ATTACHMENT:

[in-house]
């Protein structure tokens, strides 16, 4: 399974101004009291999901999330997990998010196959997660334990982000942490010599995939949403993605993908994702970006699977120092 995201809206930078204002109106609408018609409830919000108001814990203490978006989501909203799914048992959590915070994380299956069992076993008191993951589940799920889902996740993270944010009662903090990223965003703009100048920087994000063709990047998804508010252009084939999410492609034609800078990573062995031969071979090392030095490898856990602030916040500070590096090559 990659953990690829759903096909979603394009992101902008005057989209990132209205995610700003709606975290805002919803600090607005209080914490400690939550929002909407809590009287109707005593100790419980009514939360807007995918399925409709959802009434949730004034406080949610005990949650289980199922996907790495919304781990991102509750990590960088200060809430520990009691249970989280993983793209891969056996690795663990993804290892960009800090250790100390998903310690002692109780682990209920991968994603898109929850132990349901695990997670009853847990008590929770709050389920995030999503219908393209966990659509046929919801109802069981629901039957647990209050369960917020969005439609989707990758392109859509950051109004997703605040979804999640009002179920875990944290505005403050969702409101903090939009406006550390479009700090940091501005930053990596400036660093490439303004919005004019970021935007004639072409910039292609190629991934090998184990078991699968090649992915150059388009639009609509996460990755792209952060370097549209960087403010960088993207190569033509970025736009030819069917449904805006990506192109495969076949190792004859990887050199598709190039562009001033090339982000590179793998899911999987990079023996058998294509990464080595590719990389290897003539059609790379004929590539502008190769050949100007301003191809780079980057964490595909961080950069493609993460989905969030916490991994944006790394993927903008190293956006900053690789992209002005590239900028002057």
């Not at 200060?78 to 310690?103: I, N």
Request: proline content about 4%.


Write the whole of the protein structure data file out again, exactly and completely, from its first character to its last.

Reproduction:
[in-house]
């Protein structure tokens, strides 16, 4: 399974101004009291999901999330997990998010196959997660334990982000942490010599995939949403993605993908994702970006699977120092 995201809206930078204002109106609408018609409830919000108001814990203490978006989501909203799914048992959590915070994380299956069992076993008191993951589940799920889902996740993270944010009662903090990223965003703009100048920087994000063709990047998804508010252009084939999410492609034609800078990573062995031969071979090392030095490898856990602030916040500070590096090559 990659953990690829759903096909979603394009992101902008005057989209990132209205995610700003709606975290805002919803600090607005209080914490400690939550929002909407809590009287109707005593100790419980009514939360807007995918399925409709959802009434949730004034406080949610005990949650289980199922996907790495919304781990991102509750990590960088200060809430520990009691249970989280993983793209891969056996690795663990993804290892960009800090250790100390998903310690002692109780682990209920991968994603898109929850132990349901695990997670009853847990008590929770709050389920995030999503219908393209966990659509046929919801109802069981629901039957647990209050369960917020969005439609989707990758392109859509950051109004997703605040979804999640009002179920875990944290505005403050969702409101903090939009406006550390479009700090940091501005930053990596400036660093490439303004919005004019970021935007004639072409910039292609190629991934090998184990078991699968090649992915150059388009639009609509996460990755792209952060370097549209960087403010960088993207190569033509970025736009030819069917449904805006990506192109495969076949190792004859990887050199598709190039562009001033090339982000590179793998899911999987990079023996058998294509990464080595590719990389290897003539059609790379004929590539502008190769050949100007301003191809780079980057964490595909961080950069493609993460989905969030916490991994944006790394993927903008190293956006900053690789992209002005590239900028002057």
């Not at 200060?78 to 310690?103: I, N």
Request: proline content about 4%.